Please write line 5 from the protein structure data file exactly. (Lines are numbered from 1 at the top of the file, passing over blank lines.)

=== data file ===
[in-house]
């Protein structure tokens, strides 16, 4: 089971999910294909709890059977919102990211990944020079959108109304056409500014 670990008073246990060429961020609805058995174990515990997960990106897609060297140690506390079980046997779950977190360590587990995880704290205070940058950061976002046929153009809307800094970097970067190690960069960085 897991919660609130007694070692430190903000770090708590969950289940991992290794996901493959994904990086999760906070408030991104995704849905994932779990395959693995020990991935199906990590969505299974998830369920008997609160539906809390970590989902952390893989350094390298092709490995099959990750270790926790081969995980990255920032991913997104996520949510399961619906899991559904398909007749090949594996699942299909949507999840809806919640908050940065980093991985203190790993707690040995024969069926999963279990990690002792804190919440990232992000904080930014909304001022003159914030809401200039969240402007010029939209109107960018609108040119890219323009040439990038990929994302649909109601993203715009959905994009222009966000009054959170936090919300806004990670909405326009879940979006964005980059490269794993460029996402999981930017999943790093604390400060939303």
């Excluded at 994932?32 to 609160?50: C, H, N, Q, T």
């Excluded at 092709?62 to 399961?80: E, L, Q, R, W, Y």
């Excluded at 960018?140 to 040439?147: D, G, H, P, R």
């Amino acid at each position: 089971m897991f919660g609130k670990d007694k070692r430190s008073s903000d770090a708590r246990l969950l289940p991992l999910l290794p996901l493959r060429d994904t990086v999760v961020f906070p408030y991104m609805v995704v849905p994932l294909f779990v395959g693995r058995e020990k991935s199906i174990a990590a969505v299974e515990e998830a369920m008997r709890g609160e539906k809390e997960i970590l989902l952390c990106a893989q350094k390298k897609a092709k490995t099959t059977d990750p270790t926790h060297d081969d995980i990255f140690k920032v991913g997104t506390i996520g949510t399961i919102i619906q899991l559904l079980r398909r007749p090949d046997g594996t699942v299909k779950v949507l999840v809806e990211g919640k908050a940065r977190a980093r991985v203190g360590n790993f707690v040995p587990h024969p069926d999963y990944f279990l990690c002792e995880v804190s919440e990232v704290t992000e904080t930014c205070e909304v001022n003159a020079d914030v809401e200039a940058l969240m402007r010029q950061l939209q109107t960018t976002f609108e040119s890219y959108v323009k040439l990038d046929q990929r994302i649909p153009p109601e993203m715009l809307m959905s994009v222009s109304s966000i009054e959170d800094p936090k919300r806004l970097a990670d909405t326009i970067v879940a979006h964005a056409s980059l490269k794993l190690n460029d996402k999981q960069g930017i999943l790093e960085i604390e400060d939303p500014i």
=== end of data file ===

């Excluded at 960018?140 to 040439?147: D, G, H, P, R």